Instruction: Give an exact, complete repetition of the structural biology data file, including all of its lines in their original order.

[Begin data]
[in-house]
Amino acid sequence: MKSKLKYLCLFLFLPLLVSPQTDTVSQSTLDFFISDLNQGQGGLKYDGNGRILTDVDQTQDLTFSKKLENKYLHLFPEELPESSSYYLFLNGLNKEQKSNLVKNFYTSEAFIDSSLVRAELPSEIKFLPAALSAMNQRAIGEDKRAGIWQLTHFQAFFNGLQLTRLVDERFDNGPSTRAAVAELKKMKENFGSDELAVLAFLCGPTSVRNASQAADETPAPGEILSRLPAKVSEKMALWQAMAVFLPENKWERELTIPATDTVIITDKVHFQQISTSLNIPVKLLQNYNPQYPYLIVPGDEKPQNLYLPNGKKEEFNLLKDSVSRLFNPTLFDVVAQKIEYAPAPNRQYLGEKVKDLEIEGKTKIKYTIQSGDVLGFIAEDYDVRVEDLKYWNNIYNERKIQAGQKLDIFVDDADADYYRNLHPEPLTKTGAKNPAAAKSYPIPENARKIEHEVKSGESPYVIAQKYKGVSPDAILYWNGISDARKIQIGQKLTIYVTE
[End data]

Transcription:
[in-house]
Amino acid sequence: MKSKLKYLCLFLFLPLLVSPQTDTVSQSTLDFFISDLNQGQGGLKYDGNGRILTDVDQTQDLTFSKKLENKYLHLFPEELPESSSYYLFLNGLNKEQKSNLVKNFYTSEAFIDSSLVRAELPSEIKFLPAALSAMNQRAIGEDKRAGIWQLTHFQAFFNGLQLTRLVDERFDNGPSTRAAVAELKKMKENFGSDELAVLAFLCGPTSVRNASQAADETPAPGEILSRLPAKVSEKMALWQAMAVFLPENKWERELTIPATDTVIITDKVHFQQISTSLNIPVKLLQNYNPQYPYLIVPGDEKPQNLYLPNGKKEEFNLLKDSVSRLFNPTLFDVVAQKIEYAPAPNRQYLGEKVKDLEIEGKTKIKYTIQSGDVLGFIAEDYDVRVEDLKYWNNIYNERKIQAGQKLDIFVDDADADYYRNLHPEPLTKTGAKNPAAAKSYPIPENARKIEHEVKSGESPYVIAQKYKGVSPDAILYWNGISDARKIQIGQKLTIYVTE